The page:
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Products > Podocarpus latifolius
Podocarpus latifolius - Yellowwood

Habit and Cultural Information
Category: Tree
Family: Podocarpaceae (Podocarps)
Origin: South Africa (Africa)
Evergreen: Yes
Flower Color: Insignificant
Bloomtime: Not Significant
Height: 40-50 feet
Exposure: Sun or Shade
Irrigation (H2O Info): Medium Water Needs
Winter Hardiness: 25-30 F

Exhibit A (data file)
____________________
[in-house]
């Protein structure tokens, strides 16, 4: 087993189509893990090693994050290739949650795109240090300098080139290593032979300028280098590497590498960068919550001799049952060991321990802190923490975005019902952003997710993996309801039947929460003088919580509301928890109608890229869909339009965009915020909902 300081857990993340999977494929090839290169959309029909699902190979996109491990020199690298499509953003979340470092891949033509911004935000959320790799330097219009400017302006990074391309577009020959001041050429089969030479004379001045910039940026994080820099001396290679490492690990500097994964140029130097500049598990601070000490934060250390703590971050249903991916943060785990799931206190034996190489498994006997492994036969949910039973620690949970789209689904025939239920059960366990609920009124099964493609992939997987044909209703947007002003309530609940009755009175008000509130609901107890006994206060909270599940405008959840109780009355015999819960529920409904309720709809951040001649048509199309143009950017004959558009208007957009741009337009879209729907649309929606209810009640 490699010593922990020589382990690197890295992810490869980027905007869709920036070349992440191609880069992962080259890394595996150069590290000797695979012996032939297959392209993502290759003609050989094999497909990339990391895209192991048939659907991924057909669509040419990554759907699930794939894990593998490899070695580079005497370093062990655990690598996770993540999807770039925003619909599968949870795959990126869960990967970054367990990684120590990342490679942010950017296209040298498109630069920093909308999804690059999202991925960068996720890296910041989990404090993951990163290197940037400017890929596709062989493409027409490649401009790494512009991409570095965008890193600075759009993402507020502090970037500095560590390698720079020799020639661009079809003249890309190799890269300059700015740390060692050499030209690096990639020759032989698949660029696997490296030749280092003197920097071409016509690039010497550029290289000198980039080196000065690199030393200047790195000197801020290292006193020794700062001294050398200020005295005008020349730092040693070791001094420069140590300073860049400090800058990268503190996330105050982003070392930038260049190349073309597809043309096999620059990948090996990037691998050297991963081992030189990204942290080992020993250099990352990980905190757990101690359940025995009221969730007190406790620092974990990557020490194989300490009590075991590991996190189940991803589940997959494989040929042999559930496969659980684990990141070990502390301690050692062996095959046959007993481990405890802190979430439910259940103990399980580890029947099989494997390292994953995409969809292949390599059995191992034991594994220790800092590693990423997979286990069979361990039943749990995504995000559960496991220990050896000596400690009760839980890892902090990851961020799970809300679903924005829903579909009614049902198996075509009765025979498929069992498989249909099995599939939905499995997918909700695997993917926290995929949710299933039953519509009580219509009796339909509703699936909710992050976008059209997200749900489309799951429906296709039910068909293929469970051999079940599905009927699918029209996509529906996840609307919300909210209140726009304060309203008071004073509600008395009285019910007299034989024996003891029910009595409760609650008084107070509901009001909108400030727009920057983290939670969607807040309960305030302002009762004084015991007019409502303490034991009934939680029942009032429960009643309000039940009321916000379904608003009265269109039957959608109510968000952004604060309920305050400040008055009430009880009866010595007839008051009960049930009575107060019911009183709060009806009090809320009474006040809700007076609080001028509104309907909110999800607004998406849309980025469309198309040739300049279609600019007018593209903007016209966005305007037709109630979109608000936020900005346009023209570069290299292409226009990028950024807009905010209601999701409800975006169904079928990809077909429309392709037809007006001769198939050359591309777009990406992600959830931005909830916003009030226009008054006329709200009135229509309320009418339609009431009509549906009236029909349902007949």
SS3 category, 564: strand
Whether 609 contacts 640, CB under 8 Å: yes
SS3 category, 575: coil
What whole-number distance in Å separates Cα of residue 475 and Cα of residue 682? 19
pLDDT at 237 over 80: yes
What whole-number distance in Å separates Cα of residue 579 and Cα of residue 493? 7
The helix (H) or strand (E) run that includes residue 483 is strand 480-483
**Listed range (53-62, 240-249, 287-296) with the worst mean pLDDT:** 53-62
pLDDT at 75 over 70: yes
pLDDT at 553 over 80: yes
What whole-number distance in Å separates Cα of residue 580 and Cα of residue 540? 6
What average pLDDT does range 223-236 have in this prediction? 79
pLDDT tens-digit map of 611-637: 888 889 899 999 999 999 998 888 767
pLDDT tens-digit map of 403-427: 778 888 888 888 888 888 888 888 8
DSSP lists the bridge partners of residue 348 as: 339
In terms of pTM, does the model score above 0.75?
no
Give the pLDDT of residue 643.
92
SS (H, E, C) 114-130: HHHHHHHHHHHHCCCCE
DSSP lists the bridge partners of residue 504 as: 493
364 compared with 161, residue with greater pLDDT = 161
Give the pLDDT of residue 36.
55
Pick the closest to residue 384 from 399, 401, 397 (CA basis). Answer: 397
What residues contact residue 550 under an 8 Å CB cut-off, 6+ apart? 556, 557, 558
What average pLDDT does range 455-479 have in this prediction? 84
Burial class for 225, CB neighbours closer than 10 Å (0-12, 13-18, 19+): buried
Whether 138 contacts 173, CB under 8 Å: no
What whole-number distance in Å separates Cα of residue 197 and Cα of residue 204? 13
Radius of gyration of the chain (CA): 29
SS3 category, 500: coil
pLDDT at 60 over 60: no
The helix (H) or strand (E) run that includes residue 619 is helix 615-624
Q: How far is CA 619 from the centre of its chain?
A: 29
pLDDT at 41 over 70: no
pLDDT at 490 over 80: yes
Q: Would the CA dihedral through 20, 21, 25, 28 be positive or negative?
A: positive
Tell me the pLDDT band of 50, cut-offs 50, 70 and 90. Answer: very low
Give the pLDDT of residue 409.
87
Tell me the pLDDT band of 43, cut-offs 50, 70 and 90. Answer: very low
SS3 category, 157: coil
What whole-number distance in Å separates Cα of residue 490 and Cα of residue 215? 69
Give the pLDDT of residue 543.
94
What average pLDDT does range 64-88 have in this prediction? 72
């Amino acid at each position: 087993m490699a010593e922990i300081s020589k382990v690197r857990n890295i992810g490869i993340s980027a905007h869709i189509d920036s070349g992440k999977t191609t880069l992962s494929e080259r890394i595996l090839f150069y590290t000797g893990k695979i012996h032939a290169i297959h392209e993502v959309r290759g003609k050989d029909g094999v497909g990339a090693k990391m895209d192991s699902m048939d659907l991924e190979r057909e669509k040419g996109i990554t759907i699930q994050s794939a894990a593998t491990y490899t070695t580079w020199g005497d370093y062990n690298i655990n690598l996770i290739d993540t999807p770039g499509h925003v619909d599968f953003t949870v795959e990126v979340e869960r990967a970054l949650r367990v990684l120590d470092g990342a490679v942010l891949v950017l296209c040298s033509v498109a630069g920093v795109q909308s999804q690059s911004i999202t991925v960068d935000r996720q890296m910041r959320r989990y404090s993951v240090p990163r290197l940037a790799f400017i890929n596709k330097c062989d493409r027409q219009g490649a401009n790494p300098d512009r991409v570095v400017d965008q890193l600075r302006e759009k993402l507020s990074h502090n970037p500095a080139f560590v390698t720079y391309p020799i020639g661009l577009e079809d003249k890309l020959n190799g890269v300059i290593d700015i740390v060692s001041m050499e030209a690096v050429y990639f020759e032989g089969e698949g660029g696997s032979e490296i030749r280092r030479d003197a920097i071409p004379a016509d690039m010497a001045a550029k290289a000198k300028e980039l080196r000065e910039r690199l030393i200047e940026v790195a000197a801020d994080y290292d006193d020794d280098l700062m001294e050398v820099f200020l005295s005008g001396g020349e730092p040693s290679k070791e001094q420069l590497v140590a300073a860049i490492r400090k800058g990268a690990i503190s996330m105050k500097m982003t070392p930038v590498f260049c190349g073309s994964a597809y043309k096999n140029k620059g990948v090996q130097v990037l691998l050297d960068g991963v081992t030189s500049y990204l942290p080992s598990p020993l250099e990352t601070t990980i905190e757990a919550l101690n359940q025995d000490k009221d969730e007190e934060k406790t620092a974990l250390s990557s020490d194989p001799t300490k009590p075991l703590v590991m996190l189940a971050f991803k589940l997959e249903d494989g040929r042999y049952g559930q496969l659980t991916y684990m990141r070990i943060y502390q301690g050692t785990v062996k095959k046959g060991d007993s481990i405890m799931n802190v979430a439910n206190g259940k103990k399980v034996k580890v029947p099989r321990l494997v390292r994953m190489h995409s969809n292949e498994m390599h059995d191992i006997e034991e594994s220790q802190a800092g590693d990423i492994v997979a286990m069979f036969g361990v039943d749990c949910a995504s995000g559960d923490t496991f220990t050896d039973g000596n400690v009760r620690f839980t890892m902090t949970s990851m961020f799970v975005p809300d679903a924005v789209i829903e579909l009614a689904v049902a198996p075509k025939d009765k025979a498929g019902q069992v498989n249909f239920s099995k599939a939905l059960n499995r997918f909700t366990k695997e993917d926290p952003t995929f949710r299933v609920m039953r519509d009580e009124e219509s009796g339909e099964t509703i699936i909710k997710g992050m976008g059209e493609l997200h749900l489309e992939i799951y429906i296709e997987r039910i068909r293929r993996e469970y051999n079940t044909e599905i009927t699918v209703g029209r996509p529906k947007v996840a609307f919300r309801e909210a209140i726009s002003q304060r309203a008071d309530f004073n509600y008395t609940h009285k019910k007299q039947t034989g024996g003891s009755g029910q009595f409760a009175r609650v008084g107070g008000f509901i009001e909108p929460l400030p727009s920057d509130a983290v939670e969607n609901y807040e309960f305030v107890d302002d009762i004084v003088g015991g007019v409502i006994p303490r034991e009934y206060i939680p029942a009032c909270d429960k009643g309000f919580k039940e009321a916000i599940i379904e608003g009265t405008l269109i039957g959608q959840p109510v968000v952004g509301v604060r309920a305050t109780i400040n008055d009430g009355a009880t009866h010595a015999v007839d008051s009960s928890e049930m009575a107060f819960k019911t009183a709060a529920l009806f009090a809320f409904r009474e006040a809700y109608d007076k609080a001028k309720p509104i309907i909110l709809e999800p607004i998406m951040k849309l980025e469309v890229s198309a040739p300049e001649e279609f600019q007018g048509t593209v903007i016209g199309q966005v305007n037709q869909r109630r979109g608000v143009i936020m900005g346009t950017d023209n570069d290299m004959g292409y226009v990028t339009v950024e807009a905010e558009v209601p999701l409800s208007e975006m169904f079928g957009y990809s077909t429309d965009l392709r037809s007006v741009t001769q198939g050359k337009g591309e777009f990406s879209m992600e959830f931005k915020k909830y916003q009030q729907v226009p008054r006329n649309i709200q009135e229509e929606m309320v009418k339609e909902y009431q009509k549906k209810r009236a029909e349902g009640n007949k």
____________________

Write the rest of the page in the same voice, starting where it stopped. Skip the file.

Podocarpus latifolius (Yellowwood) - An upright narrow slow growing evergreen tree that grows to 100 feet tall in its natural habitat but is rarely seen much more than 40 feet as a garden tree. The foliage of this tree appears to be gray from a distance but the 1 1/2 inch long by 1/3 inch wide linear leaves (technically needles) are covered with a bluish-gray powder which rubs off to expose the green underneath and new flushes of growth are often paler or even bronzy. The foliage covers the plant in an upright spire of growth but with age the beautiful trunk, with peeling bark is exposed. This species is dioecious, with male and female cones on separate plants, and all of our plants are cutting grown females with small bluish cones that sit on fleshy green elongated receptacles. Plant in sun or part shade with regular watering. This tree grows in the Sudan and down in the Knysna forest in the Southern Cape area of South Africa. Its wood was used extensively for the floors and ceilings in older houses in South Africa. The name for the genus is derived from Greek words 'podo' meaning "foot" or "footed" and 'karpos' which means "fruit" in reference to the fleshy stalk or receptacle that holds the seed. This is lacking on some plants previously included in this genus and these plants have been transferred to the new genus Afrocarpus. The specific epithet comes from the Latin words 'latus' means "wide" or broad and 'folium' meaning leaf in reference to the broader leaves of this species. The common name Yellowwood is shared by other Podocarpus and this one is sometimes called "Real Yellowwood" to distinguish it.  Information on this page is based on research conducted in our nursery library, from online sources, as well as from observations made of this plant as it grows in our nursery, in the nursery's garden and in other gardens where we have observed it. We also will incorporate comments received from others and welcome getting feedback of any kind from those who have additional information, particularly if this information is contrary to what we have written or includes additional cultural tips would aid others in growing Podocarpus latifolius.